How to Teach Your Kids to Cope with Anxiety in a Healthy Way
Mental Health Writer Patrick Bailey explores ways in which parents can help children who may have anxiety problems. He says, some intuitive parents take care of their anxiety and obsessive-compulsive disorder (OCD) through counseling so they can take care of their children with the same signs and symptoms. Others are unaware such problems exist.
Question: Do parents notice signs of childhood anxiety or OCD?
Answer: Many parents are not aware that their children are experiencing such conditions.
Younger children and children in their teens with anxiety or OCD might not understand what’s happening to them. Some might realize that things are different, but try to hide them or cope on their own.
As adults, people may reflect on those years. They could be trying to determine how old they were when they first recognized that something was not right – that they were experiencing anxiety and obsessive-compulsive disorders.
Children often don’t have the language or experience to recognize anxiety and OCDs. It’s maybe not surprising, then, that the child’s parents might not recognize or fully acknowledge these conditions in their children as well.
For example: As a child, someone might believe that something bad would happen to her if she didn’t rewash her hands and turn off the faucet in a particular way. After washing, she was also compelled to rehang the hand towel, but not before touching the towel lightly three times. The child said that these actions always interfered with her playtime and were a bother but felt she needed to perform them to keep her safe.What many parents may not realize is that anxiety and OCD in children are very treatable.There are support groups that show success. Members of these groups find they are not alone fighting anxiety, as many of their peers fight the same or similar battles.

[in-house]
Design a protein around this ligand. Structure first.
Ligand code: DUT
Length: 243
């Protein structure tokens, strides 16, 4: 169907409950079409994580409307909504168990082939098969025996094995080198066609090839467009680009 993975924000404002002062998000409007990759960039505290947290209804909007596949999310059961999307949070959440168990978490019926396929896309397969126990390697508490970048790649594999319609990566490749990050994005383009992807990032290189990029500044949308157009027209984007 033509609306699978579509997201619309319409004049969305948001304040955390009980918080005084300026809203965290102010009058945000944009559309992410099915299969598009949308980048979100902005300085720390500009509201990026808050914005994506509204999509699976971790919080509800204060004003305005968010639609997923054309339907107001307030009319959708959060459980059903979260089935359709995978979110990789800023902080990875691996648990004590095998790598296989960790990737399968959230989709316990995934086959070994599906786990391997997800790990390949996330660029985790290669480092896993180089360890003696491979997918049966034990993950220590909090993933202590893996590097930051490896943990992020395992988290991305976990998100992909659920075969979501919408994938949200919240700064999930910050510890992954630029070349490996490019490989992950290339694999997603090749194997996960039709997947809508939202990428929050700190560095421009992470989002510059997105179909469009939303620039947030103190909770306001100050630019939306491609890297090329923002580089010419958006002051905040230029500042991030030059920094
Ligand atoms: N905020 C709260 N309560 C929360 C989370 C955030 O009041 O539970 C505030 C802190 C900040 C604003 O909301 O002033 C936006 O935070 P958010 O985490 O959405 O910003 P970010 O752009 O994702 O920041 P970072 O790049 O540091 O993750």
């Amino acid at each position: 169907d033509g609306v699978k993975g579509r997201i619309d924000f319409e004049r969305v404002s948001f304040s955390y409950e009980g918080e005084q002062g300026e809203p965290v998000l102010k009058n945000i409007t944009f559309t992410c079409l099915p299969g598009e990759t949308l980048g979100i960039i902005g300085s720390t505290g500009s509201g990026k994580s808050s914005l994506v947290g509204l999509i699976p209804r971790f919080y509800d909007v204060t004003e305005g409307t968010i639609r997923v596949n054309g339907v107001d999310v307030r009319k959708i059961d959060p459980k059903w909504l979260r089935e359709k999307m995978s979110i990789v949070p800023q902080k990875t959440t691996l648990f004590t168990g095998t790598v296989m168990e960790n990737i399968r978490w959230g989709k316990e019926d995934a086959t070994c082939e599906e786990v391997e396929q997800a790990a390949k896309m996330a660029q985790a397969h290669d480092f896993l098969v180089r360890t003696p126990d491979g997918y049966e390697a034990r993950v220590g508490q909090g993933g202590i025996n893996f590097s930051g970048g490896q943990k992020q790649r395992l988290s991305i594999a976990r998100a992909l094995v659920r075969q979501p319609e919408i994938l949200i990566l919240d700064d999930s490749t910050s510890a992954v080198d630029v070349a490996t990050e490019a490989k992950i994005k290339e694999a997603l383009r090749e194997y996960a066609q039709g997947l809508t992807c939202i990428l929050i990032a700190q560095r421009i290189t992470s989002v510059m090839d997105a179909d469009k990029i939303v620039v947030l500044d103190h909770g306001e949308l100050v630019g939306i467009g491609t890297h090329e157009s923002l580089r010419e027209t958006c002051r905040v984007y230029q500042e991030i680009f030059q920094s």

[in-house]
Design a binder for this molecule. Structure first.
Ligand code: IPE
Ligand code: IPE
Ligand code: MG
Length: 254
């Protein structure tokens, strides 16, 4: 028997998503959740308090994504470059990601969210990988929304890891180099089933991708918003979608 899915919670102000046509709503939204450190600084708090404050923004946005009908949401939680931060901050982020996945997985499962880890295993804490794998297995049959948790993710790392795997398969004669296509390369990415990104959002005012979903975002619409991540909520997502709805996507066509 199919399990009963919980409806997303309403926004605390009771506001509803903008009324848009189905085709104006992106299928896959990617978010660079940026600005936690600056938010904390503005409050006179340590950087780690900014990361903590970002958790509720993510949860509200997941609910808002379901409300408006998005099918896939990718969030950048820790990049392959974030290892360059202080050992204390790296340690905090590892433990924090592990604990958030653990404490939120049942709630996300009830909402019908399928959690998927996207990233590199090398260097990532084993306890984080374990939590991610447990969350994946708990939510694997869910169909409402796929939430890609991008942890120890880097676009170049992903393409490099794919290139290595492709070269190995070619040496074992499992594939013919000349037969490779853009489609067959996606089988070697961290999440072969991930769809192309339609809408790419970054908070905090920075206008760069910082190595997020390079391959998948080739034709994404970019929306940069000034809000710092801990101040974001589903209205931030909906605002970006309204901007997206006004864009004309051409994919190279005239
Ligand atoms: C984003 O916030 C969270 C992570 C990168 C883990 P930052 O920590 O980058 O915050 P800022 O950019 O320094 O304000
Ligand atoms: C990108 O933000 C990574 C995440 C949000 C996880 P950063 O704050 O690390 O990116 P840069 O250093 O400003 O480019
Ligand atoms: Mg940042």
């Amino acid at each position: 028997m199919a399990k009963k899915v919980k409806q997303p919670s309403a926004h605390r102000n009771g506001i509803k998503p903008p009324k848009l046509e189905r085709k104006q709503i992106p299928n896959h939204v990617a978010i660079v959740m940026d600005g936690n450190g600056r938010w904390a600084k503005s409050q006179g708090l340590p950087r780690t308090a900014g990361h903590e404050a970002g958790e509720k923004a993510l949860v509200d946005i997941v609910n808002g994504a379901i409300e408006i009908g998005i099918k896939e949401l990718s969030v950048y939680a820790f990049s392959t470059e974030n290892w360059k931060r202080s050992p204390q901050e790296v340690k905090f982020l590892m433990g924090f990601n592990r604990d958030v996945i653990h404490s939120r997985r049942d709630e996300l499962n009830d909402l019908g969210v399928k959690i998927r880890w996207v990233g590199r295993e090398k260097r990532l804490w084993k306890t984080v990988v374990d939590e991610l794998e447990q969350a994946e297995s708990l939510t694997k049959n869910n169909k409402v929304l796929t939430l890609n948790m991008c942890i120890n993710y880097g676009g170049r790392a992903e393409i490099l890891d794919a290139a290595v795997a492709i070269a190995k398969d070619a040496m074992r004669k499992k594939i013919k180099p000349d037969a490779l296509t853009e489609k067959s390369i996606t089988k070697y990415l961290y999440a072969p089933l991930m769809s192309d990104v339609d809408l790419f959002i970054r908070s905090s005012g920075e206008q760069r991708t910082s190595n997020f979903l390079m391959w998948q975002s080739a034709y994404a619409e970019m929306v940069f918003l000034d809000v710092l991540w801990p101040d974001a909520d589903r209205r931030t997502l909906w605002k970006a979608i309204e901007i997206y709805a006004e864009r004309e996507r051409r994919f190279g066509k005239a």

Healthy Coping Skills for Children with Anxiety
Children and teens can learn tips for managing stress and anxiety that are simple, effective, and safe. Learning at an early age to manage anxiety can carry into the adult years when they face other complex and challenging problems.
Effective stress management can prevent adults from seeking comfort in alcohol, becoming addicted, and needing the services of inpatient alcohol treatment to solve their dependence on the substance. It can teach children the skills they need to alleviate anxiety and feel better.
According to Child Mind Institute, parents can help children manage their stress and anxiety by:
- Urging children to confront stressors that give them anxiety. They can encourage them not to avoid situations that may make the child anxious to give them experience in dealing with stress.
- Avoiding making promises. Parents can tell their children that although they can’t guarantee what’s going to happen, they will love and support them regardless of what occurs.
- Listening and practicing empathy when trying to validate their children’s feelings and when they’re trying to face their fears.
- Asking open-ended questions. Instead of asking leading questions such as, “Are you anxious about the concert?,” parents can ask, “How do you feel about performing in the concert?”
- Being careful not to reinforce fears and saying things such as, “Well, maybe this is something to fear.”
- Encouraging children to tolerate anxiety and doing what needs to be done, saying that there’s a good chance that they’ll feel better after performing the act that gives them anxiety.
- Exploring with children what would happen if their fears became real. They can ask them what they would do. They can help them make plans in case their fears become a reality.
- Serving as good role models. Children watch the reactions of parents and how they handle their anxieties. Parents can show children how they manage stress calmly and thoughtfully and how they manage their fears and children may do the same.
- Teaching children deep breathing exercises and other stress management techniques before a potentially stressful event.
- Suggesting that children listen to favorite music, envision favorite places, or perform other calming activities when anxiety strikes.
- Working with children to write down what makes them anxious and possible solutions for this anxiety. They can write these down and keep them as reminders in difficult times.
- Helping children find pastimes that boost their self-esteem, reduce their anxiety, and keep them busy.
If a child has anxiety or an obsessive-compulsive disorder, it can affect the entire family. Fortunately, there are ways children and their families can address and manage the conditions before they harm other areas of their lives.